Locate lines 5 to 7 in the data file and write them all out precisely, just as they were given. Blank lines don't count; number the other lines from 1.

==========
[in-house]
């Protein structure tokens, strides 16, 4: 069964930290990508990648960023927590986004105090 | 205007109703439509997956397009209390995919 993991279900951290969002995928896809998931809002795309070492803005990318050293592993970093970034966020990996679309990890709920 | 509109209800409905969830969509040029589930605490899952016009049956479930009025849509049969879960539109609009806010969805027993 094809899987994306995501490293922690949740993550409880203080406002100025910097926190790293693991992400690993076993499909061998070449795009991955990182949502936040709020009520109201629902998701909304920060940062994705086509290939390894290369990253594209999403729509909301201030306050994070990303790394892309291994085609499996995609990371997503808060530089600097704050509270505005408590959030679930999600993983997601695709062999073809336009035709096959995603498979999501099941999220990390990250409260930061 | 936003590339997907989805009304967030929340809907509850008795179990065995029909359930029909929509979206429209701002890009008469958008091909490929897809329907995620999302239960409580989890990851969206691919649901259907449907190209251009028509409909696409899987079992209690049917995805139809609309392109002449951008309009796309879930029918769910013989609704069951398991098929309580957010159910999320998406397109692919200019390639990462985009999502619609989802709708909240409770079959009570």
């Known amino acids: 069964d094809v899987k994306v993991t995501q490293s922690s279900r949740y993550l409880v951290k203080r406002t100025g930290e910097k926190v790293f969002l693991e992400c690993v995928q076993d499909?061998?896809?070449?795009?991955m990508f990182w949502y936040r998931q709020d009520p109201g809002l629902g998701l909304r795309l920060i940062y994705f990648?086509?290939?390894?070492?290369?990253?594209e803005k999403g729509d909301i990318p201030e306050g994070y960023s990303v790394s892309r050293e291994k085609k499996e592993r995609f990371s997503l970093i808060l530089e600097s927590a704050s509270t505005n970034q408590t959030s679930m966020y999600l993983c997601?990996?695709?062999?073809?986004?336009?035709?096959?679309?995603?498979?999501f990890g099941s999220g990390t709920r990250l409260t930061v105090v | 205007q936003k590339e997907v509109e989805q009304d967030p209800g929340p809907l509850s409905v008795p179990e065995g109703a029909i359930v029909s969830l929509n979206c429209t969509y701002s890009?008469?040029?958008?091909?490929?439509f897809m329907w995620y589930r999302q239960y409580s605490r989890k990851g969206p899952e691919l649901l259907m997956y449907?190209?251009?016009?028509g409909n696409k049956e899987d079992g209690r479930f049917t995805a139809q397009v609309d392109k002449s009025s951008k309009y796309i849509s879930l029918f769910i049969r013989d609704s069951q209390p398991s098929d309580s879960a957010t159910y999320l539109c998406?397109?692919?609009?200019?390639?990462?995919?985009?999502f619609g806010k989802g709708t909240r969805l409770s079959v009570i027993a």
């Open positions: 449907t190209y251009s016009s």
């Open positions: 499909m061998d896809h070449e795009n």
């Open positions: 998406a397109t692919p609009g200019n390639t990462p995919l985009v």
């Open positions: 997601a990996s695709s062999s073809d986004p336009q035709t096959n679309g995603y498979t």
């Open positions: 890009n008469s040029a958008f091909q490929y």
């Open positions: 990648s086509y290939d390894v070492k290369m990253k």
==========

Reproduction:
């Open positions: 499909m061998d896809h070449e795009n």
């Open positions: 998406a397109t692919p609009g200019n390639t990462p995919l985009v």
């Open positions: 997601a990996s695709s062999s073809d986004p336009q035709t096959n679309g995603y498979t």